# IGEM:IMPERIAL/2007/Dry Lab/Modelling/ID

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# Model Development for Infector Detector

## Formulation of the problem

As described earlier, Infector Detector (ID) is a simple biological detector, which serves to expose bacterial biofilm. It functions by exploiting the inherent AHL production employed by the quorum-sensing bacteria, in the formation of such structures.

~~Insert diagram illustrating this phenomenon

Our project attempts to improve where previous methods of biofilm detection have proven ineffective: first and foremost, by focussing on the sensitivity of the system, to low levels of AHL production (bacterial chatter). In doing so, a complete investigation of the level of sensitivity to [AHL] needs to be performed - in other words, what is the minimal [AHL] for appreciable expression of reporter protein. Furthermore, establish a functional range for AHL detection. How does increased [AHL] impact on maximal output of reporter protein?
Also, how can the system performance be tailored, by exploiting the remaining state variables (e.g. varying initial [LuxR] and/or [pLux]).

The system performance here revolves most importantly around AHL sensitivity; however, the effect on, maximal output of fluorescent reporter protein and/or response time is, likewise, of great importance.

Our approach, involves the proposal of two simple constructs, varying with respect to the manner in which LuxR is introduced into the system:

• Construct 1 - represented by T9002, incorporates constitutive expression of LuxR by pTET.
• Construct 2 - simpler in nature, lacks pTET; LuxR is introduced in purified form here.

~~Here explain briefly why Construct 2 was selected, i.e. we were concerned with the time the system would take to reach steady-state (that is before energy-dependence was considered) - due to almost negligible δLuxR, etc .

## Selection of model structure

At reasonably high molecular concentrations of the state variables, a continuous model can be adopted, which is represented by a system of ordinary differential equations.

It is for this reason that our approach to modelling the system follows a deterministic, continuous approximation. In developing this model, we were interested in the behaviour at steady-state, that is when the system has equilibrated and the concentrations of the state variables remain constant.

In adopting this approach, we perform the following assumptions:

#### Assumptions

• Ignore spatial information of the system; we ignore molecular dynamics of the system - this is a kinetic model.
• Keep track of total number of molecules of each type - by tracking the concentrations of these state variables (as a continuous variable)
• System is homogeneous - well-stirred, so that the molecules of each type are spread uniformly throughout the spatial domain. In doing so, we assume thermal equilibrium
• Volume of the spatial domain remains constant

The system kinetics are determined by the following six coupled-ODEs.

## Establishing a representative model

• Introduction

We can condition the system in various manners, but for the purposes of our project, Infector Detector, we will seek a formulation which is valid for both constructs considered.

Our initial approach assumed that energy would be in unlimited supply, and that our system would eventually reach steady-state (Model 1). Experimentation suggested otherwise; our system needed to be amended. This lead to the development of model 2, an energy-dependent network, where the dependence on energy assumed Hill-like dynamics:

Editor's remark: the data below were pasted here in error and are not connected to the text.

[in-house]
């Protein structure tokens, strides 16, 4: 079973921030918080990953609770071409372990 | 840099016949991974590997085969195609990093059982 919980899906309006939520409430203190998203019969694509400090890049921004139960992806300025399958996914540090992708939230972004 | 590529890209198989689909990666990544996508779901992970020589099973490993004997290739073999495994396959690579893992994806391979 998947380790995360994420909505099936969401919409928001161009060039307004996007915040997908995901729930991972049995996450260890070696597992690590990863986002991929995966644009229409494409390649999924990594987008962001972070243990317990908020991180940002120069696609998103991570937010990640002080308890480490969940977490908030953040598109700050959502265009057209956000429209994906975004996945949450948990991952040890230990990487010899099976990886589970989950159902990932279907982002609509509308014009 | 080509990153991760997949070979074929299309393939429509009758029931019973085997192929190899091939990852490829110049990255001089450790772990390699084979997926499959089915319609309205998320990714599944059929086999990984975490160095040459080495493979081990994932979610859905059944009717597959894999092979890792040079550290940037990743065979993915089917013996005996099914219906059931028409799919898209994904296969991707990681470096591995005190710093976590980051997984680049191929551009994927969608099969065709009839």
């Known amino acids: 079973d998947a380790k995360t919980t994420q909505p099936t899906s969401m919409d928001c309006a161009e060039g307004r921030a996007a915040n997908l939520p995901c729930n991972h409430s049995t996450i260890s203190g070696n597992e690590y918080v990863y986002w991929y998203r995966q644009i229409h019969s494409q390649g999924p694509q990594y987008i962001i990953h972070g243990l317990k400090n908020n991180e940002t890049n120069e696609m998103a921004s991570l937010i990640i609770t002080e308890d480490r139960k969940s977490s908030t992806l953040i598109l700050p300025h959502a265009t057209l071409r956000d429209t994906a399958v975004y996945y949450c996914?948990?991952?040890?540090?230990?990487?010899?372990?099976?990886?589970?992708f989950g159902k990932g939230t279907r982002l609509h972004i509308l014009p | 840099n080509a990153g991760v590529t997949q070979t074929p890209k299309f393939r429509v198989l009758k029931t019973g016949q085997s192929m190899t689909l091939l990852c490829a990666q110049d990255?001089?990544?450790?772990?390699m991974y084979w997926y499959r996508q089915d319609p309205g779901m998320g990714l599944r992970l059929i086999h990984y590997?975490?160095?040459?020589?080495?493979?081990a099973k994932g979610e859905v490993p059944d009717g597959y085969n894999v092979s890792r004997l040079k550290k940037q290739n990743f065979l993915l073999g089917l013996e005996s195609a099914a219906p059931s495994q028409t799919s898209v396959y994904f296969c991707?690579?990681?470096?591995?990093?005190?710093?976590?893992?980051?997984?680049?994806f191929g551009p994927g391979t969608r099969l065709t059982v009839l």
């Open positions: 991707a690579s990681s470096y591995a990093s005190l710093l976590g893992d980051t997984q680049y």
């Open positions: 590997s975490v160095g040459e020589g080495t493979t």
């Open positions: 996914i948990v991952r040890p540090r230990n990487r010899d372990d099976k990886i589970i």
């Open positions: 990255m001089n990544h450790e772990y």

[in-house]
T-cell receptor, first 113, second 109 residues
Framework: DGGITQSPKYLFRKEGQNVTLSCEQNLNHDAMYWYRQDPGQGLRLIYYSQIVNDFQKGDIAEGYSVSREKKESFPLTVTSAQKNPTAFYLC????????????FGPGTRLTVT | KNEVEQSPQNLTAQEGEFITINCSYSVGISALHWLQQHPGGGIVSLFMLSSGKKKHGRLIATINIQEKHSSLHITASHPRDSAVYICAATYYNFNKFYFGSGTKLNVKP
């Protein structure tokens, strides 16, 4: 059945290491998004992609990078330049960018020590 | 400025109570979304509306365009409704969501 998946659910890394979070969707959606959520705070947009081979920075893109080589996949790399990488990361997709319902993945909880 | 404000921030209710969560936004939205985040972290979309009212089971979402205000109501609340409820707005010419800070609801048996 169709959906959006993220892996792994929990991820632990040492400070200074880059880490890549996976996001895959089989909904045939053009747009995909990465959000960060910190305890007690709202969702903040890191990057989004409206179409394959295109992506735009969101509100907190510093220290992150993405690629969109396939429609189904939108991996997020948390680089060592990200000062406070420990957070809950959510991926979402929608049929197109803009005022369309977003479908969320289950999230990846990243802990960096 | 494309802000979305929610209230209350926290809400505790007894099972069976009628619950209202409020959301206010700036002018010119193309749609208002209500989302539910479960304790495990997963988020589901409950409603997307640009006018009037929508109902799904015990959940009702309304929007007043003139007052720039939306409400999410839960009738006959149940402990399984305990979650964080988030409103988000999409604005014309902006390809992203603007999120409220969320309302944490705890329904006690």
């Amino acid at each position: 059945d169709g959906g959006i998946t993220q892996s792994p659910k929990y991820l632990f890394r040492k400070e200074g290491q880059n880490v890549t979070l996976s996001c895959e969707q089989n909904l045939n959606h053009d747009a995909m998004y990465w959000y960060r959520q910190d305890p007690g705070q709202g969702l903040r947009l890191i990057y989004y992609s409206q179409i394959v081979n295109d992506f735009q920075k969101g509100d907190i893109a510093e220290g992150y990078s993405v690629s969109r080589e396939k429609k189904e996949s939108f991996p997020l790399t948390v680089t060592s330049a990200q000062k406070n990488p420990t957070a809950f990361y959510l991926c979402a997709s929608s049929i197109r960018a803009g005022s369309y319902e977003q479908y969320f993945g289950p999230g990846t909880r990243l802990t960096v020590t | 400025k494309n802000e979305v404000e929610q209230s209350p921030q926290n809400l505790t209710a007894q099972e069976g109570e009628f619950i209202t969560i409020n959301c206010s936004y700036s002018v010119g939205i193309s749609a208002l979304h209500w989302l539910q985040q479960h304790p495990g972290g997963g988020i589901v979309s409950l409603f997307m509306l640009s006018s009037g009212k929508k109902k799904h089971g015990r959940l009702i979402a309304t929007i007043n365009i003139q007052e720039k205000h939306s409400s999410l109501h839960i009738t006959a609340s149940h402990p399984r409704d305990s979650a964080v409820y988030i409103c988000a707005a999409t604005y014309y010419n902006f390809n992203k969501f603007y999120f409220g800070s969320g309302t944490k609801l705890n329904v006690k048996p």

### Model 1: Steady-state is attained; limitless energy supply (link here to derivation)

$\frac{d[LuxR]}{dt} = k_1 + k_3[A] - k2[LuxR][AHL]- \delta_{LuxR}[LuxR]$

$\frac{d[AHL]}{dt} = k_3[A] - k2[LuxR][AHL]- \delta_{AHL}[AHL]$

$\frac{d[A]}{dt} = -k_3[A] + k2[LuxR][AHL]- k_4[A][P] + k_5[AP]$

$\frac{d[P]}{dt} = -k_4[A][P] + k_5[AP]$

$\frac{d[AP]}{dt} = k_4[A][P] - k_5[AP]$

$\frac{d[GFP]}{dt} = k_6[AP] - \delta_{GFP}[GFP]$

### Model 2: Equations developed through steady-state analysis; however due to limited energy supply, we operate in the transient regime

$\frac{d[LuxR]}{dt} = k_1\bigg(\frac{[E]^n}{K_E^n + [E]^n}\bigg) + k_3[A] - k_2[LuxR][AHL]- \delta_{LuxR}[LuxR]$
$\frac{d[AHL]}{dt} = k_3[A] - k_2[LuxR][AHL]- \delta_{AHL}[AHL]$

$\frac{d[A]}{dt} = -k_3[A] + k_2[LuxR][AHL]- k_4[A][P] + k_5[AP]$

$\frac{d[P]}{dt} = -k_4[A][P] + k_5[AP]$

$\frac{d[AP]}{dt} = k_4[A][P] - k_5[AP]$

$\frac{d[GFP]}{dt} = k_6[AP]\bigg(\frac{[E]^n}{K_E^n + [E]^n}\bigg) - \delta_{GFP}[GFP]$

$\frac{d[E]}{dt} = -\alpha_{1}k_1\bigg(\frac{[E]^n}{K_E^n + [E]^n}\bigg) - \alpha_{2}k_6[AP]\bigg(\frac{[E]^n}{K_E^n + [E]^n}\bigg)$

where:

[A] represents the concentration of AHL-LuxR complex
[P] represents the concentration of pLux promoters
[AP] represents the concentration of A-Promoter complex
k1, k2, k3, k4, k5, k6 are the rate constants associated with the relevant forward and backward reactions
$\alpha_i \$ represents the energy consumption due to gene transcription. It is a function of gene length.
n is the positive co-operativity coefficient (Hill-coefficient)
$K_E \$ the half-saturation coefficient

### State Variables

Create similar table for state variables, as for parameter table below

### Model Parameters

Populate parameters table

Parameter Value Description Comment (literature, derived?)
k1 x [units] max. transcription rate of constitutive promoter (pTET) Estimate
k2
k3
k4
k5
k6 x [units]
δGFP 0.029 hrs -1 degradation rate of GFP Literature ~~ give reference
δLuxR x [units] degradation rate of LuxR
δAHL x [units] degradation rate of AHL

The system of equations for the two constructs varies strictly with respect to the value of the parameter k1. Construct 1 possesses a non-zero k1 rate constant, whereas for construct 2, a zero value is assumed.